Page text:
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Psychology and the Police. Who are the clienteles? Types of police deviance Psychology and police selection. Clientele: The Public. Concerns of the public: Prejudice (for example, “DWB” offense) Race-based profiling Police brutality Police corruption What can psychologists do?

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psychology and the police
Psychology and the Police
  • Who are the clienteles?
  • Types of police deviance
  • Psychology and police selection
clientele the public
Clientele: The Public
  • Concerns of the public:
    • Prejudice (for example, “DWB” offense)
    • Race-based profiling
    • Police brutality
    • Police corruption
  • What can psychologists do?
    • Assist in police selection
    • Research on causes of corruption
types of police deviance high level corruption
Types of police deviance: High level corruption
  • Violent crimes
  • Denying civil rights
  • Criminal enterprise
  • Property crimes
  • Major Bribes
types of police deviance low level corruption
Types of police deviance: Low level corruption
  • Role malfeasance
  • Being “above” inconvenient laws
  • Minor bribes
  • Playing favorites
  • Gratuities
clientele the police department
Clientele: The police department
  • How should police recruits be trained?
  • Are there ways to prevent or reduce police burnout?
  • How effective are different strategies for combating crime? (foot patrols vs. car patrols, etc.)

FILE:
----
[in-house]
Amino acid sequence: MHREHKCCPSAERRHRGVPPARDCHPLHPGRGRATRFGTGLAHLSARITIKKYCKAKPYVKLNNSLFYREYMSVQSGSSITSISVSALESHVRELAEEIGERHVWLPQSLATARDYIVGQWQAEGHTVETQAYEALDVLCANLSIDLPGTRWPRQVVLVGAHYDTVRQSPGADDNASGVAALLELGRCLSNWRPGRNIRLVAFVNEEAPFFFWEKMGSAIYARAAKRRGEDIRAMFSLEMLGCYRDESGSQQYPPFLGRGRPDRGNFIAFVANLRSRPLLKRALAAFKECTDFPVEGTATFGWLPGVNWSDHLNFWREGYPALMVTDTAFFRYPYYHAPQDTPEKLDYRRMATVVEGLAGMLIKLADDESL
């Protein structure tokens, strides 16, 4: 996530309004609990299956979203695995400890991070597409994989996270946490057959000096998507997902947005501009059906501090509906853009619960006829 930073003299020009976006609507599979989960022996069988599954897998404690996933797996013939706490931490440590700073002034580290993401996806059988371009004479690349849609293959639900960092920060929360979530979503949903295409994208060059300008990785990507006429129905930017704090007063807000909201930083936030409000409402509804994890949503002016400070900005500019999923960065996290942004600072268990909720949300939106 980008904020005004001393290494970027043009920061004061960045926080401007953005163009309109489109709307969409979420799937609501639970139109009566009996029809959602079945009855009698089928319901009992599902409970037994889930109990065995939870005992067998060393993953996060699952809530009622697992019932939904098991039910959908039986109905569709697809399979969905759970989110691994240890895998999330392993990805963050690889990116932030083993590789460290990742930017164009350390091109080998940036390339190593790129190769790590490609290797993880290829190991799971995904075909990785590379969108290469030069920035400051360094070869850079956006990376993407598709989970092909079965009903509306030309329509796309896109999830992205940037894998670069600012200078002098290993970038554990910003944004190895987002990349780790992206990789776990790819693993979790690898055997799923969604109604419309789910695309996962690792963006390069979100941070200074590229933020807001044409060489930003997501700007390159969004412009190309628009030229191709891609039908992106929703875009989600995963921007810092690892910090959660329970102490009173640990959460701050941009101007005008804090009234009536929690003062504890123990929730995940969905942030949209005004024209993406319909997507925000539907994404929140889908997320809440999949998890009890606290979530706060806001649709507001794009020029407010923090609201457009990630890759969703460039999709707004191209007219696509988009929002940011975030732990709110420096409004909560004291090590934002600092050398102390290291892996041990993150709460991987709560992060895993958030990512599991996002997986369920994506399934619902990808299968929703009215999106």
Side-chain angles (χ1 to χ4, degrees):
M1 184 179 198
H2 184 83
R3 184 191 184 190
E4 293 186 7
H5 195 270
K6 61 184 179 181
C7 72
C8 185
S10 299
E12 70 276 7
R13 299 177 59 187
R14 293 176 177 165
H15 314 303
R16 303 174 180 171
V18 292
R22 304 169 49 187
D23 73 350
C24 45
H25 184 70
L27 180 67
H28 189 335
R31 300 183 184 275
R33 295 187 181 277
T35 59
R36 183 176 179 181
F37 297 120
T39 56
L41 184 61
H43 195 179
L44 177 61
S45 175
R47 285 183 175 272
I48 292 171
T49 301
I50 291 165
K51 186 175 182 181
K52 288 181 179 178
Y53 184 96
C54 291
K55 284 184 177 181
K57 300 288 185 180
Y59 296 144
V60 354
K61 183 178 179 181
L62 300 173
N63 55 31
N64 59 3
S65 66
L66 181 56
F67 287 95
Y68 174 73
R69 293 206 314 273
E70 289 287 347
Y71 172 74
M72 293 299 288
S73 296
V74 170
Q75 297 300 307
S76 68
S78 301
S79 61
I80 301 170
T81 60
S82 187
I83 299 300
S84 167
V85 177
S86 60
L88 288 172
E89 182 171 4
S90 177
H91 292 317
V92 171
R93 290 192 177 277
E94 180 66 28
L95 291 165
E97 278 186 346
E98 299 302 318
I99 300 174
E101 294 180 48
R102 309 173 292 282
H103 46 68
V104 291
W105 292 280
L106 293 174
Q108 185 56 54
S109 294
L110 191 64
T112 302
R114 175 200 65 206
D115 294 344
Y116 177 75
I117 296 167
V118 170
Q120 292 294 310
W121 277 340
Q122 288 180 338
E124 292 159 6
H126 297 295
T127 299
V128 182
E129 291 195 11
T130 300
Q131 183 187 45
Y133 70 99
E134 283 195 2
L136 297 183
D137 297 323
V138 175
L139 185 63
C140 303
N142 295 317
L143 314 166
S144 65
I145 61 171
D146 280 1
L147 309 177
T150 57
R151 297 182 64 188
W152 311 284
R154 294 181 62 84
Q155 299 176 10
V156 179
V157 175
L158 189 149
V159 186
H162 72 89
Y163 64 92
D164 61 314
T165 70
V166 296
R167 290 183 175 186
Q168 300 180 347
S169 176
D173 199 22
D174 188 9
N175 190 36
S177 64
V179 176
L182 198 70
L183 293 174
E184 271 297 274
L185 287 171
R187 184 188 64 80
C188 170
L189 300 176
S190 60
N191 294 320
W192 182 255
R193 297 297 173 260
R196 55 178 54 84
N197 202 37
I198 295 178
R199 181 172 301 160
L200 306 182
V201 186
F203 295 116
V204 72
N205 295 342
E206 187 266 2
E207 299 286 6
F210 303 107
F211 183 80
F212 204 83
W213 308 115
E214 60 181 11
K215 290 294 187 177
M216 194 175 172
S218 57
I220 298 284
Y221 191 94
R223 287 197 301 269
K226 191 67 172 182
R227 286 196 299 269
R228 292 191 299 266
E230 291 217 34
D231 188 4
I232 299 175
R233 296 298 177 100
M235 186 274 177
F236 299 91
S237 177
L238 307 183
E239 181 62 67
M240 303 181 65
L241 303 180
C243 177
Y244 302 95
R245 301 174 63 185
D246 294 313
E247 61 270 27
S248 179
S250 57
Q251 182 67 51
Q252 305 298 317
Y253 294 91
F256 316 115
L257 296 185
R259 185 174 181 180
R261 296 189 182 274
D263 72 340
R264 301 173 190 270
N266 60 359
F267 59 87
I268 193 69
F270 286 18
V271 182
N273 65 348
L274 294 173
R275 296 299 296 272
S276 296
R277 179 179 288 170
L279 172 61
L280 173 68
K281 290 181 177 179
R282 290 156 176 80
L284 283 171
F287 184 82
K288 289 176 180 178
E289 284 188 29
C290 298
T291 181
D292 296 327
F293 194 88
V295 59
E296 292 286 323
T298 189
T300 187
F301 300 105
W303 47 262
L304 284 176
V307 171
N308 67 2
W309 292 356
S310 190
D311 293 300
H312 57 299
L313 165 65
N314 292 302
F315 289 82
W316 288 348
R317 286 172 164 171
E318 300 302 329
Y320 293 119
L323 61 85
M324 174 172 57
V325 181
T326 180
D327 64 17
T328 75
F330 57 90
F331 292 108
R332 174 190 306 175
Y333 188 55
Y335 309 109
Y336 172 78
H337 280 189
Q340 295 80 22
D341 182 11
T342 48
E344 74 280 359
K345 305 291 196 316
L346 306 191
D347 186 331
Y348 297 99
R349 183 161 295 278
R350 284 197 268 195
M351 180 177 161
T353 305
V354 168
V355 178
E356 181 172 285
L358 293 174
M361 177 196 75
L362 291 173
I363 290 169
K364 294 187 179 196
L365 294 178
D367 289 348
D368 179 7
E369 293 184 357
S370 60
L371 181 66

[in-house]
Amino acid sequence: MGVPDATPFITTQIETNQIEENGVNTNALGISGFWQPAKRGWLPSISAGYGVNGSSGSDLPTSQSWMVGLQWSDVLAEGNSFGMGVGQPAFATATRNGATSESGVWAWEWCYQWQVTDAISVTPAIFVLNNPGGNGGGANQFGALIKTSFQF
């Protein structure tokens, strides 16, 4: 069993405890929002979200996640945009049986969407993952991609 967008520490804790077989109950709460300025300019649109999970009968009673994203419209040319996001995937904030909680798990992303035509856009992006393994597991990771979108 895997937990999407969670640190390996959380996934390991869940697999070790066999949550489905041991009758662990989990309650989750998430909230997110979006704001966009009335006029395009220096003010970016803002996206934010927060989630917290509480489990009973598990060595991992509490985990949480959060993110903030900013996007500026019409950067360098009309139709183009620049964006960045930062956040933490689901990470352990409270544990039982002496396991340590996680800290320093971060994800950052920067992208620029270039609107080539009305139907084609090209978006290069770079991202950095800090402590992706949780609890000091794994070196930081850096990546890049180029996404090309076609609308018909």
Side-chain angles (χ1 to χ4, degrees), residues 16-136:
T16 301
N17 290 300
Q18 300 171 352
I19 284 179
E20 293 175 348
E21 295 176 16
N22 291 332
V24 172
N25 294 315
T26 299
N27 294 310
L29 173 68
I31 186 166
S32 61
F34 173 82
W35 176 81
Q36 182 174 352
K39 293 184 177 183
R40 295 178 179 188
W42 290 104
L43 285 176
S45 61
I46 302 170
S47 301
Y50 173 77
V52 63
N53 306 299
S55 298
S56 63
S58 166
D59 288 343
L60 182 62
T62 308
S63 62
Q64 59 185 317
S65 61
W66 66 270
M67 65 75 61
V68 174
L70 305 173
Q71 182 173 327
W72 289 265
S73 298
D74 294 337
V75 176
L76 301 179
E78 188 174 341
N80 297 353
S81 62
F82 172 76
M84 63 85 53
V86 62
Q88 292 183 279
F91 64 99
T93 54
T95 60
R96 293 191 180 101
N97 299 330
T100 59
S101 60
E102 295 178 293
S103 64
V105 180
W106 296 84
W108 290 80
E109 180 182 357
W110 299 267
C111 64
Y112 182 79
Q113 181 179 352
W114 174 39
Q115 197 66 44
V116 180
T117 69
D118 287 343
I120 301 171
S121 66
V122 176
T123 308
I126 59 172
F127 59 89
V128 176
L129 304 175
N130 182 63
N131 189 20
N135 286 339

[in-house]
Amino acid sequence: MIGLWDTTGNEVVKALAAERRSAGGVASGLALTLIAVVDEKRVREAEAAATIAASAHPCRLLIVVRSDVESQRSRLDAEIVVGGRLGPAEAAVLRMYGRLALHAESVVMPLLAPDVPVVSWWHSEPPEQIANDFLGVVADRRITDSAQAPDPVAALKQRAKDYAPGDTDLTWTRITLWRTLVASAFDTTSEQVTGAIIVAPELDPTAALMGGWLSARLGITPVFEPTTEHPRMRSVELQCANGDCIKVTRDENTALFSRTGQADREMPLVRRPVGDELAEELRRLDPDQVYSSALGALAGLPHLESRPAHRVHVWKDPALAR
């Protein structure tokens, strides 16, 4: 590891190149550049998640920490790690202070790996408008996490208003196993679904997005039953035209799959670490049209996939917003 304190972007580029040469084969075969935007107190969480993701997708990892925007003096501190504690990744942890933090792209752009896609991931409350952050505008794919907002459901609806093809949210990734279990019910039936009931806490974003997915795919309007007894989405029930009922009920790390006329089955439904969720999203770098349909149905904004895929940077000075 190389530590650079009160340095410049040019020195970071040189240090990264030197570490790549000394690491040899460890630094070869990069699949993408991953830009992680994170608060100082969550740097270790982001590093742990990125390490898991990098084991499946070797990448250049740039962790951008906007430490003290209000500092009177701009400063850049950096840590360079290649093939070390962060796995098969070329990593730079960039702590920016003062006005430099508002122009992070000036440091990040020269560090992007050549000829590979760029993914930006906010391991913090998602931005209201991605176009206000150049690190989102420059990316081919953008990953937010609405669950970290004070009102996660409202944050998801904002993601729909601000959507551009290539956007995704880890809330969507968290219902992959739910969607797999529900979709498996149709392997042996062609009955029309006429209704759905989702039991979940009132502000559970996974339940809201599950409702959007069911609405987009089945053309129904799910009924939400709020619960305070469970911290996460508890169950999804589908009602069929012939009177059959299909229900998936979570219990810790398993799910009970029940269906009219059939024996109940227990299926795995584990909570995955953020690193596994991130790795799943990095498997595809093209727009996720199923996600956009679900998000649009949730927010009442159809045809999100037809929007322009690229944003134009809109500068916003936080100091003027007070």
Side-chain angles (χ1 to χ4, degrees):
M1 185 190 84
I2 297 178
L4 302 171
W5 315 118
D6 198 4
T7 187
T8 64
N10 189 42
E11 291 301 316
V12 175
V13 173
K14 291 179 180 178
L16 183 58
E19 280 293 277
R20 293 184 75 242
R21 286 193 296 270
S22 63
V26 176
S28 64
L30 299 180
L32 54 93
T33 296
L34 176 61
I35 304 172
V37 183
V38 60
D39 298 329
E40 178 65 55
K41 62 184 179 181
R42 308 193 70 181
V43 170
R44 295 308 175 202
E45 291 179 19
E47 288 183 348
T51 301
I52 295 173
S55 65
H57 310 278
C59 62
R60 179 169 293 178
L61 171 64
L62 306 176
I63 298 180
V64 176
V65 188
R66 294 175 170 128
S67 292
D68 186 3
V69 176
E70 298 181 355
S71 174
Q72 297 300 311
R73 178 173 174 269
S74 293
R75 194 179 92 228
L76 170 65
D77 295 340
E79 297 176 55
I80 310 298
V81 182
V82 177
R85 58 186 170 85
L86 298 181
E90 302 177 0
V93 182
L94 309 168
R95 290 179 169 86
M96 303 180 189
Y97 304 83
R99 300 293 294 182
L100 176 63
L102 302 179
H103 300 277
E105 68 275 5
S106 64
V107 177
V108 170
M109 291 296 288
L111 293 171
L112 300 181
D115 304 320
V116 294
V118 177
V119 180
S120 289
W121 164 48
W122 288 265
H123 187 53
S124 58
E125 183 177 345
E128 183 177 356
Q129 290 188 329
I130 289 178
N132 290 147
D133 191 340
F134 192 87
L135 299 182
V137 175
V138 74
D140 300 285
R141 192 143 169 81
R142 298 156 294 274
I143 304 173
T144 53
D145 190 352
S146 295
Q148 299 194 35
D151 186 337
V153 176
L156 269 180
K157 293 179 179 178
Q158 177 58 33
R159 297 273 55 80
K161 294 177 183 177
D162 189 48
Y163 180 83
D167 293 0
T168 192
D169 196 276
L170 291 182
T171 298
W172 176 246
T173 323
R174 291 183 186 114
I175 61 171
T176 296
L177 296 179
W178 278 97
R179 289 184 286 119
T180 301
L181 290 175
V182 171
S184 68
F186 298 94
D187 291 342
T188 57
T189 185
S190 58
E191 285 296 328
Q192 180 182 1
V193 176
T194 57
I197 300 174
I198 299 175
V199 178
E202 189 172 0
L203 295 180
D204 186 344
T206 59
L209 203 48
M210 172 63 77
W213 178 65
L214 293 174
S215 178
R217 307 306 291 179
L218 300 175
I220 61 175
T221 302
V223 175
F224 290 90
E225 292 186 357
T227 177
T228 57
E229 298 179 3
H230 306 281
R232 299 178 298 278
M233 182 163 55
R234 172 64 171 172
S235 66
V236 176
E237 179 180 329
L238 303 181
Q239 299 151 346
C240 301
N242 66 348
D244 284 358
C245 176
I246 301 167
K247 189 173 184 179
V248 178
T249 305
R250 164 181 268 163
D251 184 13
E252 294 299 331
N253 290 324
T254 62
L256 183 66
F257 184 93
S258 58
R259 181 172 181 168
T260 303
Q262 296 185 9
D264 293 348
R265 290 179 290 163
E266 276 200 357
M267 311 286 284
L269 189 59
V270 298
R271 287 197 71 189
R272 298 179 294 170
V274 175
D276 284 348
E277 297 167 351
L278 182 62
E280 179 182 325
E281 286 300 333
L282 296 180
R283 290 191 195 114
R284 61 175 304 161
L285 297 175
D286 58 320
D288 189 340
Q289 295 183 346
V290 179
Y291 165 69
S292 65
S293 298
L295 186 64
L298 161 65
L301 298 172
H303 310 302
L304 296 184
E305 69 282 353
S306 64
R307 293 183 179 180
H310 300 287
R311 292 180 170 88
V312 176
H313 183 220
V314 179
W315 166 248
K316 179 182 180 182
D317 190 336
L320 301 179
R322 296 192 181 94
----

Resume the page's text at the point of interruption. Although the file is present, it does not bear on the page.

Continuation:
selection of police
Selection of Police
  • Goals:
    • Screen out disturbed applicants (most prominent goal for police chiefs)
    • Select people with a desirable profile for “ideal” officers
  • Between 30,000 and 50,000 people take the police civil service test in New York City alone every time it is administered!
typical scrutiny of candidates
Typical scrutiny of candidates
  • Review of academic transcripts, tax returns, military & employment records
  • Background checks with DMV, FBI, state central fingerprint registries
  • Interviews with neighbors, friends, employers
  • Medical exam
  • Psychological testing
psychological screening
Psychological screening
  • 4 hours of psychological tests
    • Early emphasis on IQ
    • Shift in emphasis to personality inventories
  • Interview with a clinical psychologist
    • Assess maturity, stability, interpersonal skills
    • Information sought through answers to questions, but also body language and emotions displayed
    • Problems with interview as a selection tool
psychological tests used
Psychological Tests used
  • Minnesota Multiphasic Personality Inventory (MMPI)
  • California Psychological Inventory (CPI)
  • Bartol’s immaturity index
    • Psychopathic deviance scale
    • Hypomania scale
    • Lie scale
  • Inwald Personality Inventory (IPI)
situational tests
Situational Tests
  • Dunnette & Motowidlo - simulations and role-playing tasks
  • Foot Patrol Observation Test
  • Clues Test
police psychologists
Police Psychologists
  • Over 150 psychologists work full-time or part-time as police psychologists
  • Participate in training procedures
  • Consult on “odd” cases
  • Counsel officers
  • Fitness-for-duty evaluations
  • Do surveys/research on pursuits, shootings, police-involved auto accidents, etc.
training of police officers
Training of police officers
  • Typically, training for several months
  • Intervention in family disputes
    • Bard, 1970
    • Arresting the suspected batterer
  • Intervention in hostage taking incidents
    • Determining hostage-takers’ motives
    • Stockholm Syndrome
psychology on the job
Psychology on the job
  • Help officers deal with stress and burnout
  • Evaluating programs such as “Community policing”
  • Race relations